To be fair, Nick didn't act like any potential engagements were dependent on the dads' permission. In his conversation with Raven's father, Wes, Nick asked if he'd be "comfortable" with him and Raven getting engaged, though he didn't exactly ask for a blessing. The moment was ruined, though, when Wes told the camera, "I feel like there is a good possibility it could be Nick that I hand her off to," in reference to his daughter. Fathers walking their daughters down the aisle at weddings is contentious already; the poor choice of wording emphasized the idea that women are "handed off" from one man's possession to the next. And that's the same issue with asking for "permission" in the first place.
When Nick and Raven sat down with her parents, she said that her father "taught [her] what to expect from a husband." It's sweet in terms of admiring her parents' relationship, but also creepy given the show's overarching father/daughter dynamic here.
Still, the old idea of fathers being the gatekeepers of their daughters' relationships loomed over the episode. Before Nick and Corinne sat down with her family, Corinne told the camera that her mom and sister would like Nick, but she mimicked the gestures of a stern, gruff man to symbolize her father's reaction. (Corinne's father later told the camera that "any dad would naturally have concerns" about Nick.)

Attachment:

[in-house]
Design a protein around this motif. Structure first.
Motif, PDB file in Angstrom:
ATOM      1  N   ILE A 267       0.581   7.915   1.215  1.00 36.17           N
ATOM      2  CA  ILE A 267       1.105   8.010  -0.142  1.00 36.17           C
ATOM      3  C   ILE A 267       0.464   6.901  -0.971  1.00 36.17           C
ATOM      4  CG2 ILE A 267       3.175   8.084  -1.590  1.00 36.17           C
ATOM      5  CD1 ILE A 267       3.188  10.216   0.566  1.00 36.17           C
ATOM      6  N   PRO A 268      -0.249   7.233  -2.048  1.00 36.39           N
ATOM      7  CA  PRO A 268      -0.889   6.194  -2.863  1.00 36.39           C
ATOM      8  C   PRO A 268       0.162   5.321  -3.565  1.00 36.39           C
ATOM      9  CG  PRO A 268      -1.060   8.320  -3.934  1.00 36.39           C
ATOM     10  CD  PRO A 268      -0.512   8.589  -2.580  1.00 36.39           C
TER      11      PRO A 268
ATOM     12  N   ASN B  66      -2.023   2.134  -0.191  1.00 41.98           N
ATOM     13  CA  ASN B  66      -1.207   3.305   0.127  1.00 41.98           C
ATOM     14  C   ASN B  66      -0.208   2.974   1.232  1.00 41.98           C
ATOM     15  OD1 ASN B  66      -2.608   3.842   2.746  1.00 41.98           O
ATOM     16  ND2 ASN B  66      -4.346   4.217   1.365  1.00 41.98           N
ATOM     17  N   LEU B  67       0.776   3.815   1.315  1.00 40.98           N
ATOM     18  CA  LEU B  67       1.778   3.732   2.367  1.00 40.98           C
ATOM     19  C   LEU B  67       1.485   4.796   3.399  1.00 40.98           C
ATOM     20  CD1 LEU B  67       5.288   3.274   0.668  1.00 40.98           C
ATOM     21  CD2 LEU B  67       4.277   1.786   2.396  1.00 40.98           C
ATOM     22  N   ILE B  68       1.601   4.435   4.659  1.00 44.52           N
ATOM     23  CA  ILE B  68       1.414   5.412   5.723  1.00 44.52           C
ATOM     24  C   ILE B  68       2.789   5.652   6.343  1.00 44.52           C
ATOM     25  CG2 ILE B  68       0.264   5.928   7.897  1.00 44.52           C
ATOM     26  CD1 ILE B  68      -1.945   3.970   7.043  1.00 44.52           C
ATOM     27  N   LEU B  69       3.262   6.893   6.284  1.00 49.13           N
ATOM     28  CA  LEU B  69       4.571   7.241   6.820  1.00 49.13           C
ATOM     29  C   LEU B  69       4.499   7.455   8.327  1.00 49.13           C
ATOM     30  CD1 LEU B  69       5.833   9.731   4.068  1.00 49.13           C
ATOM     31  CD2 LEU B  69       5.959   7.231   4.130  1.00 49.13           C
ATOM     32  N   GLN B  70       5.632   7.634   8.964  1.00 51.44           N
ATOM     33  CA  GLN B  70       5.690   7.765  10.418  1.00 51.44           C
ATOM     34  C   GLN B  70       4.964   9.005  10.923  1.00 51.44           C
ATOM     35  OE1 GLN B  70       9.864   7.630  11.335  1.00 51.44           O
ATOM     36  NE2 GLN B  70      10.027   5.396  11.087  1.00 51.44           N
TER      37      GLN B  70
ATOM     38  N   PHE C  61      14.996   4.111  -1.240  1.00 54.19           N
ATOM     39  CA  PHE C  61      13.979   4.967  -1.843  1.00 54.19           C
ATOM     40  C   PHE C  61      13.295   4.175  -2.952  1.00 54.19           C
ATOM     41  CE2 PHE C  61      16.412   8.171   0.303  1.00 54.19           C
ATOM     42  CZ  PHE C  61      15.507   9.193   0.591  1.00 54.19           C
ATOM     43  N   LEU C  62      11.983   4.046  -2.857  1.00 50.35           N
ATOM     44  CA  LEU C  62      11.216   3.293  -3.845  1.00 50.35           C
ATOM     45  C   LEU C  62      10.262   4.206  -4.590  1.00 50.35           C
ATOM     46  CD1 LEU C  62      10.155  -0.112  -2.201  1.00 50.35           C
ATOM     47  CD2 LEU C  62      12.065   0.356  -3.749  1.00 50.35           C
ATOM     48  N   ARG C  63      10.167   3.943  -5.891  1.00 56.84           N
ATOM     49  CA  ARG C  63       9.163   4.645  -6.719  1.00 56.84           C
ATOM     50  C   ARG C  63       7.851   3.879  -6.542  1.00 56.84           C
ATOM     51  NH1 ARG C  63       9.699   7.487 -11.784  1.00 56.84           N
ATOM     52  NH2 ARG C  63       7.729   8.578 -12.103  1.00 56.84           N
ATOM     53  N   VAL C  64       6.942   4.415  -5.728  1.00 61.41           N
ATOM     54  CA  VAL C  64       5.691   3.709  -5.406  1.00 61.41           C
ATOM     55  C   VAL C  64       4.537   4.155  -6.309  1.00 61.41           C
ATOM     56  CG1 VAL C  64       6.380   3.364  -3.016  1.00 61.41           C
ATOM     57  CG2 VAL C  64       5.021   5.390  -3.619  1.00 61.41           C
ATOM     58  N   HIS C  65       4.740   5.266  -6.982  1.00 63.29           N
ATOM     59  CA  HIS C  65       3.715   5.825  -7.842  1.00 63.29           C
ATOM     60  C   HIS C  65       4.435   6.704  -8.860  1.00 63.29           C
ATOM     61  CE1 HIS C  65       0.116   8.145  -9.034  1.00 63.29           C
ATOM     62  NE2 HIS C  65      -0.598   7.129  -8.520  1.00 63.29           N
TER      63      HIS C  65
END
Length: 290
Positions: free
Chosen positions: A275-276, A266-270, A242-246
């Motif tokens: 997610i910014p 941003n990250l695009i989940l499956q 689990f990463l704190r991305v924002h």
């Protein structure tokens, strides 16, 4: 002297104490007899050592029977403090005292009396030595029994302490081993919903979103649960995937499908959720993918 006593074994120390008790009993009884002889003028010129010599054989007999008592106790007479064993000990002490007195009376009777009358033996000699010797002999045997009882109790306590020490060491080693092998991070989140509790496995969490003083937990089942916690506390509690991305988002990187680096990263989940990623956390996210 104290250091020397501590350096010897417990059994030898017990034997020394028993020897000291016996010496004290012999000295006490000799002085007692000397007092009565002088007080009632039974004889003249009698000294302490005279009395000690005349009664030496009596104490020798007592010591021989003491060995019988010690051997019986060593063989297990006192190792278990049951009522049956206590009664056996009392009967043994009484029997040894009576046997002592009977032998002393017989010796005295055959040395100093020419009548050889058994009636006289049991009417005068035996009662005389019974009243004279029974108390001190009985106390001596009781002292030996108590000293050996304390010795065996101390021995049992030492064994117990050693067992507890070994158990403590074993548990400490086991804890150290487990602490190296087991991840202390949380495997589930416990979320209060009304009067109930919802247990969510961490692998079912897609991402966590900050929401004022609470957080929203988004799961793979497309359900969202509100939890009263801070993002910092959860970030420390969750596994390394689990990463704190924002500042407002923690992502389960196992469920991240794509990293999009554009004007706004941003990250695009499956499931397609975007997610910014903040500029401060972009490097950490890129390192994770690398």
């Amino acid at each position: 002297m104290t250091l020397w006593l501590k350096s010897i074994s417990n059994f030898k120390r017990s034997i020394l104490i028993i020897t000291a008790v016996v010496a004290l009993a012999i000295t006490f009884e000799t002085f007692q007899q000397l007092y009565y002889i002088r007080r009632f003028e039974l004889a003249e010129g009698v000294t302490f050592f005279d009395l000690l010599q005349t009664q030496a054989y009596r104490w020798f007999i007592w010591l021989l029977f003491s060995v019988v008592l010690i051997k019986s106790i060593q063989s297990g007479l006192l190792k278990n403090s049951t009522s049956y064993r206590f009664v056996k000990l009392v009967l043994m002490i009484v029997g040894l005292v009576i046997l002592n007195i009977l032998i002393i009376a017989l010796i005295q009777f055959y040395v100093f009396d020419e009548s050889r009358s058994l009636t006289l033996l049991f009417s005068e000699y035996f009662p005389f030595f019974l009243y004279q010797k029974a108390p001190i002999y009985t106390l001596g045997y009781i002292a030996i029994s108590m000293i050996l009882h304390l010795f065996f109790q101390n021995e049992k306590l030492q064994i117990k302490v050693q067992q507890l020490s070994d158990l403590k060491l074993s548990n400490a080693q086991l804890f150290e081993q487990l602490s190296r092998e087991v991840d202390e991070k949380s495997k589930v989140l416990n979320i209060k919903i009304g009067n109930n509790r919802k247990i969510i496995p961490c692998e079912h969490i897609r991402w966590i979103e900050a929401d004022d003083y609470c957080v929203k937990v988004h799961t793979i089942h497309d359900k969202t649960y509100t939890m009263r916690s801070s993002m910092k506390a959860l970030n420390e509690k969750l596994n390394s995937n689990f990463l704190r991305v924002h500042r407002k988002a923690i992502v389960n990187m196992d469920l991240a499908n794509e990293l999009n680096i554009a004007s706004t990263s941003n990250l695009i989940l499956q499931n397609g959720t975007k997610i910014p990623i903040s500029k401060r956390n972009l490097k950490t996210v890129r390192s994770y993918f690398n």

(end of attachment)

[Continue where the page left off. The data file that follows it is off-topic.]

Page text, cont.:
In Vanessa's case, she noted to the cameras that it was "very important" to her that her father approve of her future husband. Nick actually asked Vanessa's father if he'd have his "blessing," to which he responded, "I just can't give you my blessing, just like this." Vanessa's dad then grilled Nick further, asking if he'd sought the three other fathers' blessings, too. "It was similar, yes," Nick responded. He did give Nick his blessing in the end, but not before calling into question what the idea of a father's "blessing" even meant, in Nick's case.
There's nothing wrong with involving your family in your relationship, and asking your parents for their opinion on potential partners. After all, they've known you your whole life. But in that case, why not involve both parents, instead of just bringing your father into the conversation? The tradition of asking for permission is cringe-worthy, not to mention heteronormative.
And it's clear that the Bachelor engagements would go on regardless of what the fathers told Nick. So why does it need to be such a big part of the hometown dates? The episode would have been dramatic enough with family members' concerns about people getting hurt, or not knowing Nick. Focusing on the father's blessing is outdated, and it doesn't need to be a Bachelor tradition.